Canada's natural landscape is one of the most beautiful in the world. As the second-largest country by area, Canada has a diverse mix of places experiences to explore. Each of the country's ten provinces has a distinct culture and exciting things to see. Canada is the perfect trip for anyone looking to traverse nature, take a peek into the past or explore a new city.
- Currency: Canadian Dollar (CAD)
- Must-See Landmark: Niagara Falls
- Must-Try Food: Poutine
- Most Common Language: English and French
- Emergency Services Telephone Number: 911
Similar to how the United States has fifty states with different customs and local governments, Canada has ten provinces and three northern territories. These provinces are, from west to east: British Columbia, Alberta, Saskatchewan, Manitoba, Ontario, Quebec, Newfoundland, New Brunswick, Prince Edward Island and Nova Scotia. The three territories, also from west to east, are Yukon, Northwest Territories and Nunavut.
Both English and French are official languages of Canada. Many Canadians speak both languages, although percentages vary greatly by region. Quebec, however, is the only province where the majority of the population speaks French at home. You can find out more about the specific regions where you are planning to travel.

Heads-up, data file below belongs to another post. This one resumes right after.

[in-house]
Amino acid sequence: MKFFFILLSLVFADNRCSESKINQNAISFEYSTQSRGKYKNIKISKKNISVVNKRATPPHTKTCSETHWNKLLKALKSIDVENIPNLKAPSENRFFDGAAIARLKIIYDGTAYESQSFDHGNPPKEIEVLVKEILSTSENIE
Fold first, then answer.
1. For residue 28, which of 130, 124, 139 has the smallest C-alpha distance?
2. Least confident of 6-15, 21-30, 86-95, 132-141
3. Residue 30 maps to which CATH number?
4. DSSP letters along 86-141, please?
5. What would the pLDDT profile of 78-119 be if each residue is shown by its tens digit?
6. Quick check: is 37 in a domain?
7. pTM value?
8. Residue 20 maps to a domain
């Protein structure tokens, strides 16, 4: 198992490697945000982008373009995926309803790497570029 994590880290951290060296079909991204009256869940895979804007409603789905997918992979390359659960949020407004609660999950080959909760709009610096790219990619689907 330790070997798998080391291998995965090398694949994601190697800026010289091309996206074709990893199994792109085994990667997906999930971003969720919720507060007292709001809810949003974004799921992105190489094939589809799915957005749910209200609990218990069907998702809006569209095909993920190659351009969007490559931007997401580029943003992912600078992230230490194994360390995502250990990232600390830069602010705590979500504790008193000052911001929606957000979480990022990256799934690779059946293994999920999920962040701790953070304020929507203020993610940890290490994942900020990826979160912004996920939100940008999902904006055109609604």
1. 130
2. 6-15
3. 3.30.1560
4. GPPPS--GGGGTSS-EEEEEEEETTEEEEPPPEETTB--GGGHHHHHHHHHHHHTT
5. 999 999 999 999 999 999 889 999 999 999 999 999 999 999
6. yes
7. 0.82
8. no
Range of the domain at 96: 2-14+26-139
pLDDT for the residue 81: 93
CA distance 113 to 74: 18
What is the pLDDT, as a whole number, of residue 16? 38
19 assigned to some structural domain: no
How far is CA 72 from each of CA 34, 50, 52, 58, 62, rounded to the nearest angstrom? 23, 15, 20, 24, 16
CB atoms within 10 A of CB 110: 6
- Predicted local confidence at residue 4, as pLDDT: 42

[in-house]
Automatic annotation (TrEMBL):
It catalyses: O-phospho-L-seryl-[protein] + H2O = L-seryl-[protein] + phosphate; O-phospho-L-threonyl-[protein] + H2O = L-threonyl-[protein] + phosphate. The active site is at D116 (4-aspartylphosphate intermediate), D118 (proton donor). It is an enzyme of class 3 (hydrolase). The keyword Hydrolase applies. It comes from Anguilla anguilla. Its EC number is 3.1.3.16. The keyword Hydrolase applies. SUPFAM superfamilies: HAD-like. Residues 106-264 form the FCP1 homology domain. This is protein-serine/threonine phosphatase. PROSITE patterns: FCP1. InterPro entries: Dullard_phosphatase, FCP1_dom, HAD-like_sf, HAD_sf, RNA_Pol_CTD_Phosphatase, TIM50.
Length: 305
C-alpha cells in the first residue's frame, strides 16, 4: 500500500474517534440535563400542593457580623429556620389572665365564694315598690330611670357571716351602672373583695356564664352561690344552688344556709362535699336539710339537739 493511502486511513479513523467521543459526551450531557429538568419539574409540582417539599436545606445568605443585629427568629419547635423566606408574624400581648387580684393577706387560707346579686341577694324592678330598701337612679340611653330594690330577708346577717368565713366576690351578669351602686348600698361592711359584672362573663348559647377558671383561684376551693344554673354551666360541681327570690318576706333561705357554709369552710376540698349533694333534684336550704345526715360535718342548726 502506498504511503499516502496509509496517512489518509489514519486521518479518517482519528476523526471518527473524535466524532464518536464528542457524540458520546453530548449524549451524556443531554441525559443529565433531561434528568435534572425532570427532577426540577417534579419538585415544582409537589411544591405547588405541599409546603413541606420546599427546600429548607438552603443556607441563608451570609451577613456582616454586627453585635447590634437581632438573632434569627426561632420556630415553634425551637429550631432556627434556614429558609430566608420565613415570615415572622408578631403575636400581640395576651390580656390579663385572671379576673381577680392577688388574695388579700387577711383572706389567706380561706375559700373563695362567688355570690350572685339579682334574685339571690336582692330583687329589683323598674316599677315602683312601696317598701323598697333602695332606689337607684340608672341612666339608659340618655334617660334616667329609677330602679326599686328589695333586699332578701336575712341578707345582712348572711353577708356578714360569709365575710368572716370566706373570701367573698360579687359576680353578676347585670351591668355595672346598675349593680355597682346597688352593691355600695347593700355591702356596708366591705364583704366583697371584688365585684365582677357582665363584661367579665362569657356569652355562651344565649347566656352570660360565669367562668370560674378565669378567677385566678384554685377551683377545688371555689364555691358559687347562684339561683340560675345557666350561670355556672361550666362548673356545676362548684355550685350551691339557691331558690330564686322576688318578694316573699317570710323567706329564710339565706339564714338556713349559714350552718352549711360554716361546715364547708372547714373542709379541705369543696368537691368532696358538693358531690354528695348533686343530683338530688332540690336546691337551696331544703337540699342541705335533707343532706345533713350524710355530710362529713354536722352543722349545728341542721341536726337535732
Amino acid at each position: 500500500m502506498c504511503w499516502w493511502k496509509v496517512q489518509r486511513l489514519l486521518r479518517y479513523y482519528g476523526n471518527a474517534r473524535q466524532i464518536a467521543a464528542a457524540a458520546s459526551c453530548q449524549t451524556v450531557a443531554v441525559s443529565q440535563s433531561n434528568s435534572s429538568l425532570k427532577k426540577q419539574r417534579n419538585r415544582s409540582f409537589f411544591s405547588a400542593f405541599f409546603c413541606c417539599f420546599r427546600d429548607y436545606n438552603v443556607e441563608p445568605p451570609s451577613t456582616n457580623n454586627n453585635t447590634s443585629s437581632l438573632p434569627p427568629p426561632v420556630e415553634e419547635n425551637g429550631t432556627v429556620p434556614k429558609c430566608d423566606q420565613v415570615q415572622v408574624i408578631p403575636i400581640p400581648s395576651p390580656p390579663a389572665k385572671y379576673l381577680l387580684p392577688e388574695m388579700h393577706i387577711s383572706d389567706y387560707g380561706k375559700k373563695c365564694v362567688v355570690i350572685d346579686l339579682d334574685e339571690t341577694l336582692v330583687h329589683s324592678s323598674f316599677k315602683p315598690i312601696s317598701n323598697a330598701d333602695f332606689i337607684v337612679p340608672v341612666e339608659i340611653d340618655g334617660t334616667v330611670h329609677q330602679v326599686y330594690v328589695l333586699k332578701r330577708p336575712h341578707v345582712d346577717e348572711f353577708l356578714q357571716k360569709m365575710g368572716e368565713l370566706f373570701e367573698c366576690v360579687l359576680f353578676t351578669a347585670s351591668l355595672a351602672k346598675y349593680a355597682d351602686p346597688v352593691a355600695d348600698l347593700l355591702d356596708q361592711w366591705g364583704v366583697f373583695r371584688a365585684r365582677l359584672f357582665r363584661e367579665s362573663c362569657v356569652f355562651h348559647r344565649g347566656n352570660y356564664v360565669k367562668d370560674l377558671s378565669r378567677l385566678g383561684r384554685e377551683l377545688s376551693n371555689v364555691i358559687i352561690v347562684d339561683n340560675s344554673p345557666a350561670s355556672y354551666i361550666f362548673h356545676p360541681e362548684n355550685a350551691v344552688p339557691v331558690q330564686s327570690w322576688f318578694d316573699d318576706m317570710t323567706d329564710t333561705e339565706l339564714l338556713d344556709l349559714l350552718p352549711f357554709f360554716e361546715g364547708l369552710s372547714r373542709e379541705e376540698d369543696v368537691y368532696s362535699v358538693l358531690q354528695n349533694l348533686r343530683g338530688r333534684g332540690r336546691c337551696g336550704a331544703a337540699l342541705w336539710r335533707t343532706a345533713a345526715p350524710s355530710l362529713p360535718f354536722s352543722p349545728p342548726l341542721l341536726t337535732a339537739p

Travel Insurance Plans for Canada
With a wide range of plans on the market, it may be difficult to select a plan. To find the plan that's best for you, first assess the condition of your health then take a look at your travel plans. From there, you can compare plans side by side with our compare tool. For travelers with pre-existing conditions, senior travelers and those looking for more complete coverage, a comprehensive plan is the best option. If you are looking for basic coverage at an affordable price, a limited plan may be the way to go.
Visas and Documentation
Canadian and U.S. citizens only need their passports to enter Canada. All others entering Canada will fall into one of two groups, visa-exempt and visa-required depending on their country of citizenship. Here is the full list of visa-exempt countries.
If you are visa-exempt, you only need your passport to enter the country by land or sea (i.e. car, bus, cruise ship, sailboat, etc.). But you will also need an electronic Travel Authorization (eTA) if entering the country by air (i.e. plane, helicopter, etc.). There are some exceptions in very specific situations including transit through the country, however. Check out Canada's official website to see if you qualify for one of these exceptions.